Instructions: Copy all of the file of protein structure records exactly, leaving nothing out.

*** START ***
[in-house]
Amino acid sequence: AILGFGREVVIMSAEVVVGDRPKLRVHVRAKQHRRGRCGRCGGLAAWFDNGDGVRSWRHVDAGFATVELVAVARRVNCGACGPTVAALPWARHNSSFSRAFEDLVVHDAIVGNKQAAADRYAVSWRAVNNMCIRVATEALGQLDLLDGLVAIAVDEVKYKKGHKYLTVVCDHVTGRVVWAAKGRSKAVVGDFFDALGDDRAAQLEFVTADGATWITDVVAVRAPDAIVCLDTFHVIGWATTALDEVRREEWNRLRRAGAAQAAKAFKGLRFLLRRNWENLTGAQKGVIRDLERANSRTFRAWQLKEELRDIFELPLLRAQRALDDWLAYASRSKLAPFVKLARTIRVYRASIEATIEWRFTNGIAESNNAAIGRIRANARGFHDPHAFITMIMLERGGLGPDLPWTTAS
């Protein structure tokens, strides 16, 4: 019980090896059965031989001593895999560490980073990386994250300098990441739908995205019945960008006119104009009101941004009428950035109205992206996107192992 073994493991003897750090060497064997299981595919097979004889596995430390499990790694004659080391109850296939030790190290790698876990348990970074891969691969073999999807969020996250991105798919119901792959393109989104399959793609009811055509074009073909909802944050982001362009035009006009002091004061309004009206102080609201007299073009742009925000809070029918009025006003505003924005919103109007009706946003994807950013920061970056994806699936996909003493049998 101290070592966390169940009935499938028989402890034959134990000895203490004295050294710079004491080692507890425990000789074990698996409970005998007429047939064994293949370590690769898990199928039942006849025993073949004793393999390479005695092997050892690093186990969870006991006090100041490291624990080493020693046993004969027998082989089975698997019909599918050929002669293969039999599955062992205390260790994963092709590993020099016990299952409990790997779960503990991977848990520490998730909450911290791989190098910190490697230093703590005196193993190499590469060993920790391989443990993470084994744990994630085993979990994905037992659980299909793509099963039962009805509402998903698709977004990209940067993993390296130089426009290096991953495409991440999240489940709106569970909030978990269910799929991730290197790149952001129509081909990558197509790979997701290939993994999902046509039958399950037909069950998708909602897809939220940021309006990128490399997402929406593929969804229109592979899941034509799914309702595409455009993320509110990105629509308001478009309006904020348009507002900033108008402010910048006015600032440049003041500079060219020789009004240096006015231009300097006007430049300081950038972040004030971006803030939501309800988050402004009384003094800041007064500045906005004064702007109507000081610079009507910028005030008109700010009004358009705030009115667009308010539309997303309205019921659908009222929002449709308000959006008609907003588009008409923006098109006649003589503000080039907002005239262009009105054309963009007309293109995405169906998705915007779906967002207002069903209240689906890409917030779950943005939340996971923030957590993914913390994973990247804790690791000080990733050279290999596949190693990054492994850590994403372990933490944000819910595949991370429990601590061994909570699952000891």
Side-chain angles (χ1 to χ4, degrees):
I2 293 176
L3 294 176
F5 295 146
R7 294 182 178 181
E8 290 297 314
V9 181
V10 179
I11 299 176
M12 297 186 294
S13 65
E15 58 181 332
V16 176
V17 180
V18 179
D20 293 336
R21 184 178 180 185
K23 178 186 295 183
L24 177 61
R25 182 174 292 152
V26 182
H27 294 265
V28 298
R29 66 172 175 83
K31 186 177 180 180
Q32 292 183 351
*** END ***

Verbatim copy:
[in-house]
Amino acid sequence: AILGFGREVVIMSAEVVVGDRPKLRVHVRAKQHRRGRCGRCGGLAAWFDNGDGVRSWRHVDAGFATVELVAVARRVNCGACGPTVAALPWARHNSSFSRAFEDLVVHDAIVGNKQAAADRYAVSWRAVNNMCIRVATEALGQLDLLDGLVAIAVDEVKYKKGHKYLTVVCDHVTGRVVWAAKGRSKAVVGDFFDALGDDRAAQLEFVTADGATWITDVVAVRAPDAIVCLDTFHVIGWATTALDEVRREEWNRLRRAGAAQAAKAFKGLRFLLRRNWENLTGAQKGVIRDLERANSRTFRAWQLKEELRDIFELPLLRAQRALDDWLAYASRSKLAPFVKLARTIRVYRASIEATIEWRFTNGIAESNNAAIGRIRANARGFHDPHAFITMIMLERGGLGPDLPWTTAS
């Protein structure tokens, strides 16, 4: 019980090896059965031989001593895999560490980073990386994250300098990441739908995205019945960008006119104009009101941004009428950035109205992206996107192992 073994493991003897750090060497064997299981595919097979004889596995430390499990790694004659080391109850296939030790190290790698876990348990970074891969691969073999999807969020996250991105798919119901792959393109989104399959793609009811055509074009073909909802944050982001362009035009006009002091004061309004009206102080609201007299073009742009925000809070029918009025006003505003924005919103109007009706946003994807950013920061970056994806699936996909003493049998 101290070592966390169940009935499938028989402890034959134990000895203490004295050294710079004491080692507890425990000789074990698996409970005998007429047939064994293949370590690769898990199928039942006849025993073949004793393999390479005695092997050892690093186990969870006991006090100041490291624990080493020693046993004969027998082989089975698997019909599918050929002669293969039999599955062992205390260790994963092709590993020099016990299952409990790997779960503990991977848990520490998730909450911290791989190098910190490697230093703590005196193993190499590469060993920790391989443990993470084994744990994630085993979990994905037992659980299909793509099963039962009805509402998903698709977004990209940067993993390296130089426009290096991953495409991440999240489940709106569970909030978990269910799929991730290197790149952001129509081909990558197509790979997701290939993994999902046509039958399950037909069950998708909602897809939220940021309006990128490399997402929406593929969804229109592979899941034509799914309702595409455009993320509110990105629509308001478009309006904020348009507002900033108008402010910048006015600032440049003041500079060219020789009004240096006015231009300097006007430049300081950038972040004030971006803030939501309800988050402004009384003094800041007064500045906005004064702007109507000081610079009507910028005030008109700010009004358009705030009115667009308010539309997303309205019921659908009222929002449709308000959006008609907003588009008409923006098109006649003589503000080039907002005239262009009105054309963009007309293109995405169906998705915007779906967002207002069903209240689906890409917030779950943005939340996971923030957590993914913390994973990247804790690791000080990733050279290999596949190693990054492994850590994403372990933490944000819910595949991370429990601590061994909570699952000891």
Side-chain angles (χ1 to χ4, degrees):
I2 293 176
L3 294 176
F5 295 146
R7 294 182 178 181
E8 290 297 314
V9 181
V10 179
I11 299 176
M12 297 186 294
S13 65
E15 58 181 332
V16 176
V17 180
V18 179
D20 293 336
R21 184 178 180 185
K23 178 186 295 183
L24 177 61
R25 182 174 292 152
V26 182
H27 294 265
V28 298
R29 66 172 175 83
K31 186 177 180 180
Q32 292 183 351